The summer has finally arrived here in London - what better time to visit all the summer exhibitions at the London Museums. A must-see, in my opinion, is Get Up Stand Up Now at Somerset House, which features our fabrics!
Get Up Stand Up Now celebrates the impact of 50 years of Black creativity in Britain and beyond featuring art, film, photography, music, literature, design and fashion. For the first time, a distinguished group of 100 artists is represented together with their work addressing the Black experience and sensibility from the post-war era to the present day.
Curated by multi-disciplinary artist Zac Ové, the son of Trinidadian born photographer Horace Ové whose black and white photographs are on display throughout the exhibition, Get Up Stand Up Now brings together historic artworks and new commissions alongside items from personal archives, much of which has never been seen by the public before. Through these original photographs, letters, film and audio clips, Get Up Stand Up Now connects the creative, the personal and the political reflecting how the artists have responded to the issue of their times.
One of the show’s opening works includes award-winning time maker Steve McQueen’s Remember Me, his first work conceived in neon and consisting of three handwritten versions of its title. Originally made in the wake of Mc Queen’s film installation Ashes, about the violent death of a young Grenadian man, it was personally chosen by McQueen for Get Up Stand Up Now.
My highlights are Yinka Shonibare’s Revolution Kid, featuring a 24-carat golf gun-toting child with a calf head, dressed in a well-fitting wax fabric suit. A very powerful piece.
Sanford Biggers Woke, featuring hand-carved wooden figures coated in tar, that reflect, a black sequin silhouette o the wall behind, transforming into important figures of the 1960s Back Power movement.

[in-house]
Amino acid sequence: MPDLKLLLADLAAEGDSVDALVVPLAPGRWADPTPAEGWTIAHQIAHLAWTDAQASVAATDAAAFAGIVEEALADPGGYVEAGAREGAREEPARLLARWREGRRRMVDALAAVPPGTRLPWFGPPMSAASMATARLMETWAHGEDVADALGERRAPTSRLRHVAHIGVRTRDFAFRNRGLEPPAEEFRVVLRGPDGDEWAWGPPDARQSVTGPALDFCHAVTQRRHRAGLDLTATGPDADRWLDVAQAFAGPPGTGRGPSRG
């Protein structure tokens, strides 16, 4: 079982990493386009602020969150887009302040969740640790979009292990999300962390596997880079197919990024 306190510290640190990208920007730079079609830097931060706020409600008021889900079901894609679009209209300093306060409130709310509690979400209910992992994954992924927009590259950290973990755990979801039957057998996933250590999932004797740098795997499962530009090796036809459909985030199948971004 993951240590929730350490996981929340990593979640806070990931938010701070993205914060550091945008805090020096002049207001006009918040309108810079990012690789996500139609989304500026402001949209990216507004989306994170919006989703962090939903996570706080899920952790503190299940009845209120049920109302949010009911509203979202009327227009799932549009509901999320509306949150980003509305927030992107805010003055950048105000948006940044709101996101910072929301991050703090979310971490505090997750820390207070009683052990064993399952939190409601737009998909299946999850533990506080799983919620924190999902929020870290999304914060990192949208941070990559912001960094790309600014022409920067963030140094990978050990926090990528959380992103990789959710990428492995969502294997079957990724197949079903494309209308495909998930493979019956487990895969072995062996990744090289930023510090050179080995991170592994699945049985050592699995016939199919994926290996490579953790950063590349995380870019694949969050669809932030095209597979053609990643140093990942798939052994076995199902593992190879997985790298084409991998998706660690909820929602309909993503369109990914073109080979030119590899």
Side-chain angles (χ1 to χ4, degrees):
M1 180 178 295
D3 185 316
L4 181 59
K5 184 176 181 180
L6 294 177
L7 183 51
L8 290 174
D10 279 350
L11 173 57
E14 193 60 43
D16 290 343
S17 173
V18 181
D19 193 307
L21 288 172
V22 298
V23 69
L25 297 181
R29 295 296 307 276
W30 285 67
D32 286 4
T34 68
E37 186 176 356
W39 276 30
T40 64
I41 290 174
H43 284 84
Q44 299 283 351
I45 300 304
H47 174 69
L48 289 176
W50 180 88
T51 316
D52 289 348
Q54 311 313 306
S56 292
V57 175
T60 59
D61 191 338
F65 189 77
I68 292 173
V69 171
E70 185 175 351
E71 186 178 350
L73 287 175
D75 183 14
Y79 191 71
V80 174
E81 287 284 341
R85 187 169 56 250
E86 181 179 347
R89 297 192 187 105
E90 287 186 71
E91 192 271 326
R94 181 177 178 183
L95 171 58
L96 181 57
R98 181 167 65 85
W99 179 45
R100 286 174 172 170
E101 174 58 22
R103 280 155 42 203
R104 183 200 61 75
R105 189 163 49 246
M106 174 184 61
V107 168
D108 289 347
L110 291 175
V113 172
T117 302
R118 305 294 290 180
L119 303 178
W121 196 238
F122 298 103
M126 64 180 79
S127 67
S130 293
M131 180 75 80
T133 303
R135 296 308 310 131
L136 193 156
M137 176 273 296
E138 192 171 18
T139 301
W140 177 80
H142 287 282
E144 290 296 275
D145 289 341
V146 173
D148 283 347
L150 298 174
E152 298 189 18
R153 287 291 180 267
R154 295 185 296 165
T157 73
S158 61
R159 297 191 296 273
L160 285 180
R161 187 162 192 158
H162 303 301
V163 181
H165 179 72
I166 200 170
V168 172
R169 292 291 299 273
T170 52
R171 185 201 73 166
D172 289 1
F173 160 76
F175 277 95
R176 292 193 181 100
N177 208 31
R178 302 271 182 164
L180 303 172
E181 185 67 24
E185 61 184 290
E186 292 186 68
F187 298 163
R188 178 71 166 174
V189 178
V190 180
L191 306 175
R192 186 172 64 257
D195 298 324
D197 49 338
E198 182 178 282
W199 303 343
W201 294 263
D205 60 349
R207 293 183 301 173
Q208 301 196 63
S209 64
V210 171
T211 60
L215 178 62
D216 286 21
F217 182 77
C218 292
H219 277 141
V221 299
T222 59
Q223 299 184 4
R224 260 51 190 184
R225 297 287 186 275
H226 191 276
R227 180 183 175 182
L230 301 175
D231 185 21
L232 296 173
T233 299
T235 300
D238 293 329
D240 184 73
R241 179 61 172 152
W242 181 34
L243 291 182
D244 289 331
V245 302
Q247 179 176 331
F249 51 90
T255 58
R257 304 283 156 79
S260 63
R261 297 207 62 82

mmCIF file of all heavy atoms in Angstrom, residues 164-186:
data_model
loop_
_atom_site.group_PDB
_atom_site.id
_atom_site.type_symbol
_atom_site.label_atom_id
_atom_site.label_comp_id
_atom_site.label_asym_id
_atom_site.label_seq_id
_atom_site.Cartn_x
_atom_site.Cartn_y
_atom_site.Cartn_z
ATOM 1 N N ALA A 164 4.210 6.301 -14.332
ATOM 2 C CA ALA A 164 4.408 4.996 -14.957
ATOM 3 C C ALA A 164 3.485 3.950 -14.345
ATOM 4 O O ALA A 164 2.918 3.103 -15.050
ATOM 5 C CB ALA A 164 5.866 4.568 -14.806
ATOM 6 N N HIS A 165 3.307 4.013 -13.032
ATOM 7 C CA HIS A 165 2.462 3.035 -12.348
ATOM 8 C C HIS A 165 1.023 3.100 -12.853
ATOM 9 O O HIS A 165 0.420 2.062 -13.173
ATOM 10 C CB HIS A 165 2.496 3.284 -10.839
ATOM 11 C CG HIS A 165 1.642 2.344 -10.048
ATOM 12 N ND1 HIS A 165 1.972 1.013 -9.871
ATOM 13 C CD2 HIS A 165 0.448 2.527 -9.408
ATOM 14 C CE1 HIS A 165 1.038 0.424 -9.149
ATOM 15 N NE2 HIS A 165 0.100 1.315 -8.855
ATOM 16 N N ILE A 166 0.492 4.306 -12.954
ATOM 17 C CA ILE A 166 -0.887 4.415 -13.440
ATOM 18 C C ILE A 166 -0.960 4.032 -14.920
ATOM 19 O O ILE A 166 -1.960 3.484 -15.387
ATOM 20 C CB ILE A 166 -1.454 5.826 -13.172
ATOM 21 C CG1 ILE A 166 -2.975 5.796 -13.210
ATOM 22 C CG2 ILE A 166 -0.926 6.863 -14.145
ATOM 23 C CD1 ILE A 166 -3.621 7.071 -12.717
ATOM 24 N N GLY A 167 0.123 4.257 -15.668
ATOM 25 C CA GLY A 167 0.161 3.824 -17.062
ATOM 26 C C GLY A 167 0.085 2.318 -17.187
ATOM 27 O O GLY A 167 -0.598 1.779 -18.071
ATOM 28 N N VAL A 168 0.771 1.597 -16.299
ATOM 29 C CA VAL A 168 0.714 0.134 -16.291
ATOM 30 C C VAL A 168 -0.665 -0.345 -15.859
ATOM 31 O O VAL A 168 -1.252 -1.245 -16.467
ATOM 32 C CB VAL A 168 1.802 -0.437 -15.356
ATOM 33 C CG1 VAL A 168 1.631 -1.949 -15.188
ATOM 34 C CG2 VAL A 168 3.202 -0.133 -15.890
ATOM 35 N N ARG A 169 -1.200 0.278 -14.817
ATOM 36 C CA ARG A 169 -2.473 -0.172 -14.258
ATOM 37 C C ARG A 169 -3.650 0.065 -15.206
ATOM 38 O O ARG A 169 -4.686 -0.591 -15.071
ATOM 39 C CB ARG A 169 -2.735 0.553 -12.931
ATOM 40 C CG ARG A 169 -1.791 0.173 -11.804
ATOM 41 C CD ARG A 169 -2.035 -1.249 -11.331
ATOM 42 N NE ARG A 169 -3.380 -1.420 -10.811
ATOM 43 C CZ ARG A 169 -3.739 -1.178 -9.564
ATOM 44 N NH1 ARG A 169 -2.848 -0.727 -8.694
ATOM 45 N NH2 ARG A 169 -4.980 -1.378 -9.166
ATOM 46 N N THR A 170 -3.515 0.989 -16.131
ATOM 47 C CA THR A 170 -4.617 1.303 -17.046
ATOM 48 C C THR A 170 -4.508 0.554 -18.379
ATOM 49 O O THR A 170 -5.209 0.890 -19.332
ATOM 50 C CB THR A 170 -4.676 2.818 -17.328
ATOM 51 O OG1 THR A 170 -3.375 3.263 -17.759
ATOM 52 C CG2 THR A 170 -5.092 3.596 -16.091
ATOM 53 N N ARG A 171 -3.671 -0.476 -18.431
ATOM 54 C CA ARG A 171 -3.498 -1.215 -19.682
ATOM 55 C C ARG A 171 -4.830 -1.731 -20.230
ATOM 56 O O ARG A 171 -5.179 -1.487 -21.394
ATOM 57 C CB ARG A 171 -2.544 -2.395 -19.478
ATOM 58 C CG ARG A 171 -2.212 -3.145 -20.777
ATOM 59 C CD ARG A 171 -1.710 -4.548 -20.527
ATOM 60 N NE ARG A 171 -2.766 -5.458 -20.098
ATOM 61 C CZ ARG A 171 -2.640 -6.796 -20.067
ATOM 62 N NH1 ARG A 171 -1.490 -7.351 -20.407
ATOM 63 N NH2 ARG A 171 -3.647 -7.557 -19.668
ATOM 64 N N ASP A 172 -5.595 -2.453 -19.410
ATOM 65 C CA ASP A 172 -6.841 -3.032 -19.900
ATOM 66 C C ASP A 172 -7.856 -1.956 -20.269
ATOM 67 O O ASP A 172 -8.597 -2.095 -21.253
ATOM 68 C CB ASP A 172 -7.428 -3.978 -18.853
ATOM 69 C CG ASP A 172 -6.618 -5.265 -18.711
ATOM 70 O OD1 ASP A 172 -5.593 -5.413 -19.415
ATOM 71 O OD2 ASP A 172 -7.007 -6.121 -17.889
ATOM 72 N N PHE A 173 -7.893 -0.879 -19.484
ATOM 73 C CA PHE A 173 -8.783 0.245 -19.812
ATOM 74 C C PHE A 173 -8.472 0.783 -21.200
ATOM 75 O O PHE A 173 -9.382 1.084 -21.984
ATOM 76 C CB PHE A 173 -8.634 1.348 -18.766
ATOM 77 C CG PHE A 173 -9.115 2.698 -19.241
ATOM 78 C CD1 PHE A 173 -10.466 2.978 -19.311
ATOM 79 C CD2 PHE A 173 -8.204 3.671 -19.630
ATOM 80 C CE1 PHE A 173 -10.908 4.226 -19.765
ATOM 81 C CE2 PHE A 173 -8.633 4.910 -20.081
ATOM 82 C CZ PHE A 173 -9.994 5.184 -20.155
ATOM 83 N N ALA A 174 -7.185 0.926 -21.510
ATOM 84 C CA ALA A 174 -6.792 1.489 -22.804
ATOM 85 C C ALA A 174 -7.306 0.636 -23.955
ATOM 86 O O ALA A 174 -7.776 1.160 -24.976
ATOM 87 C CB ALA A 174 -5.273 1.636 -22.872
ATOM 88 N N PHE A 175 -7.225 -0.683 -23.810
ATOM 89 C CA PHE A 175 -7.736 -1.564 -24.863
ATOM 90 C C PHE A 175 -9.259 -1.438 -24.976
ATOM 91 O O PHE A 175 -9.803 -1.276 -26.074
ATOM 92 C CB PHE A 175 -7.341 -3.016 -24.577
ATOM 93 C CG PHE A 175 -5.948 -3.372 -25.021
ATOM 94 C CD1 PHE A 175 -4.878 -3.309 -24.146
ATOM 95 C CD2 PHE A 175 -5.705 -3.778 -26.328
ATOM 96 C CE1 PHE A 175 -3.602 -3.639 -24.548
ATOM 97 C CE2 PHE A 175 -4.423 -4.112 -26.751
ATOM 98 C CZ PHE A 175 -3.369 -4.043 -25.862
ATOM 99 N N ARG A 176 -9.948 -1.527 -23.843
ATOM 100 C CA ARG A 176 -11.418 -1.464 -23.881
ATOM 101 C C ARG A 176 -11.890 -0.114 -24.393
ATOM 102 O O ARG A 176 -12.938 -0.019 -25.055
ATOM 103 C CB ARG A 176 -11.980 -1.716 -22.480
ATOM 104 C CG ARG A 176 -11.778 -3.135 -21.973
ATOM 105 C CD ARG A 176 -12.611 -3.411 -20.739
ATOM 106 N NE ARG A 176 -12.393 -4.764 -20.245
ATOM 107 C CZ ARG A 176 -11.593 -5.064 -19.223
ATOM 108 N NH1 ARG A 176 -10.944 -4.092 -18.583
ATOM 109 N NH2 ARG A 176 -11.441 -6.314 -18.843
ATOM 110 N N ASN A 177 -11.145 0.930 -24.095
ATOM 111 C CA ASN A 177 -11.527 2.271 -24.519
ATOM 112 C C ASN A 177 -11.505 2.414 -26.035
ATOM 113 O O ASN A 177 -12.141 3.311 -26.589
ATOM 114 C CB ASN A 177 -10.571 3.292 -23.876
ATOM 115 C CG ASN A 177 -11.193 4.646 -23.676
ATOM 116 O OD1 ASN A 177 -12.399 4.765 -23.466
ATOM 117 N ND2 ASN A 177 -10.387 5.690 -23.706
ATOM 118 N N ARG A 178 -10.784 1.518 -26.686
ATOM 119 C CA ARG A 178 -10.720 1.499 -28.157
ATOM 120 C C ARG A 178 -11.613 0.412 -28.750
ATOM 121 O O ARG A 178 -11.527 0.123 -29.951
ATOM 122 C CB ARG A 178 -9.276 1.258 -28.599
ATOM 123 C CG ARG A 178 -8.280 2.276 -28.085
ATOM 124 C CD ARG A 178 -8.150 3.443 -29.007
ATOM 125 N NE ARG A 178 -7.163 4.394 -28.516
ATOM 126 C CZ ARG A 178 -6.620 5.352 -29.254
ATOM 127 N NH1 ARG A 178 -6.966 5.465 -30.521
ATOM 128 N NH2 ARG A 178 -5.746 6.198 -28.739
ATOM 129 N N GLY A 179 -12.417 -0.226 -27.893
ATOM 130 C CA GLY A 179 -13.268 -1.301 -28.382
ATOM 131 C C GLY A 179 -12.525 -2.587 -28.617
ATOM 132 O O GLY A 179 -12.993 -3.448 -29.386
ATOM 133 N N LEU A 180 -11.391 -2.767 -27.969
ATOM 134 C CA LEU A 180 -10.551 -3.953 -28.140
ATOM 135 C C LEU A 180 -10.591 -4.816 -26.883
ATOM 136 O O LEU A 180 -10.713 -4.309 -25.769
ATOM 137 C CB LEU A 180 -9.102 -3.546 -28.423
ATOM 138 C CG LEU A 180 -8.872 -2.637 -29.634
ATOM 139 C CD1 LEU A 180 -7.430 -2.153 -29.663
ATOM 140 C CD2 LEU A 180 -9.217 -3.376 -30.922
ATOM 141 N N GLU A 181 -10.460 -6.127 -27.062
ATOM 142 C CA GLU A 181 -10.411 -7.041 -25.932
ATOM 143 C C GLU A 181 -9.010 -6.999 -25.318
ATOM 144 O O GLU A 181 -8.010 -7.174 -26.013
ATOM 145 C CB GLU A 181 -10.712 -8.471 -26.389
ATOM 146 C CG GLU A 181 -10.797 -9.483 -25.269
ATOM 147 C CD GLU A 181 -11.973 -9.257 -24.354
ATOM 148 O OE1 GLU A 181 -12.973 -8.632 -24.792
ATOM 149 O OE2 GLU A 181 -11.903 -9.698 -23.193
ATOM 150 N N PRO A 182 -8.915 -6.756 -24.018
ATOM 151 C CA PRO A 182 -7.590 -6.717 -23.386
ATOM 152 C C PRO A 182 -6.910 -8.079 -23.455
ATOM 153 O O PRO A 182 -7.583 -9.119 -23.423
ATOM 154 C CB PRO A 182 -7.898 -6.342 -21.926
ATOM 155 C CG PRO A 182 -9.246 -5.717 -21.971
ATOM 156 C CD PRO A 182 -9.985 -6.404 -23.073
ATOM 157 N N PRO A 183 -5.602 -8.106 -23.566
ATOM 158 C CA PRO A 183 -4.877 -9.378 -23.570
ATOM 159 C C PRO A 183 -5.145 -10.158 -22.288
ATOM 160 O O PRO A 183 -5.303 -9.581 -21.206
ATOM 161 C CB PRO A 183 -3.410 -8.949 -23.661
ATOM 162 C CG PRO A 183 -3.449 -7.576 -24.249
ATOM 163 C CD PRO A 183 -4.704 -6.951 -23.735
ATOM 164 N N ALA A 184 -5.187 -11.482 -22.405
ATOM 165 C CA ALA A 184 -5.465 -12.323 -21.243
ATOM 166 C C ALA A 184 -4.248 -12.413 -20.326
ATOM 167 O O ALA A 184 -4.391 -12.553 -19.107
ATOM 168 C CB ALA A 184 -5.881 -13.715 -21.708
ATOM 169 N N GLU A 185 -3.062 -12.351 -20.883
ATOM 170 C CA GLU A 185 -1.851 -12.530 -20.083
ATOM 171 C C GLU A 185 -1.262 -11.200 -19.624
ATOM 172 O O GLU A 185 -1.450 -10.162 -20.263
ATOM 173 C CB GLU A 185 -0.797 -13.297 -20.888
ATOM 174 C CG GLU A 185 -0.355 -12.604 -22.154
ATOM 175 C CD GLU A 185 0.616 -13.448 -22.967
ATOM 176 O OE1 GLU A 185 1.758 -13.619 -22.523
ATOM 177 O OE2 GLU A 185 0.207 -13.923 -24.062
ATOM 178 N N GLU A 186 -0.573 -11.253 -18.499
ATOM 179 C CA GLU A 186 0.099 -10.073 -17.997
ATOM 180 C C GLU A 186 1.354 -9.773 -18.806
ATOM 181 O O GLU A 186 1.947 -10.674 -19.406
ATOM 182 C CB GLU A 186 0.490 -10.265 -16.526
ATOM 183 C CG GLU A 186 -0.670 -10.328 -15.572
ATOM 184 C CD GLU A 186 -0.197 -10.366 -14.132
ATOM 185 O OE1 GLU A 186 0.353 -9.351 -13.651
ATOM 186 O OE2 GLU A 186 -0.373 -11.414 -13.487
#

Faisal Abdu’Allah gold pleated Barber Chair and Barber Clippers reflecting the importance of the barbershop where black men exchange news, stories and views - a space to come of age and where intimacy and vulnerability between men is possible.
Mickalene Thomas’ Portrait of a Warrior draws on art history and popular culture to reflect female sexuality.
And Zak Ové, the curator and multi-disciplinary artist, left me speechless with his Umbilical Progenitor, with its graphite body clothed in an astronaut suit that carries a child on his back. Informed by the African diaspora with a focus on the traditions of masking and masquerade - a true Afrofuturistic masterpiece.
Yinka Ilori is a London based designer specialising in up-cycling vintage furniture, inspired by traditional Nigerian parables and African fabrics. Ilori acted as exhibition designer for the whole exhibition and used our fabrics for the upholstery throughout Get Up Stand Up Now!
And you can find our products in the museum shop, championing Black British designers and makers, stocking a wide variety of colourful homeware, clothing and accessories plus a large selection of books, magazines and essential vinyl.
Get Up Stand Up Now runs unto 15th September at Somerset House in London. In my opinion, a must-see, as it is more than an art exhibition. It touches on the experiences and interpretations of Black artists over 50 years and is in itself a reflection on the strength, personal struggle and achievement of 3 generations, that helped to shape the UK to what it is today.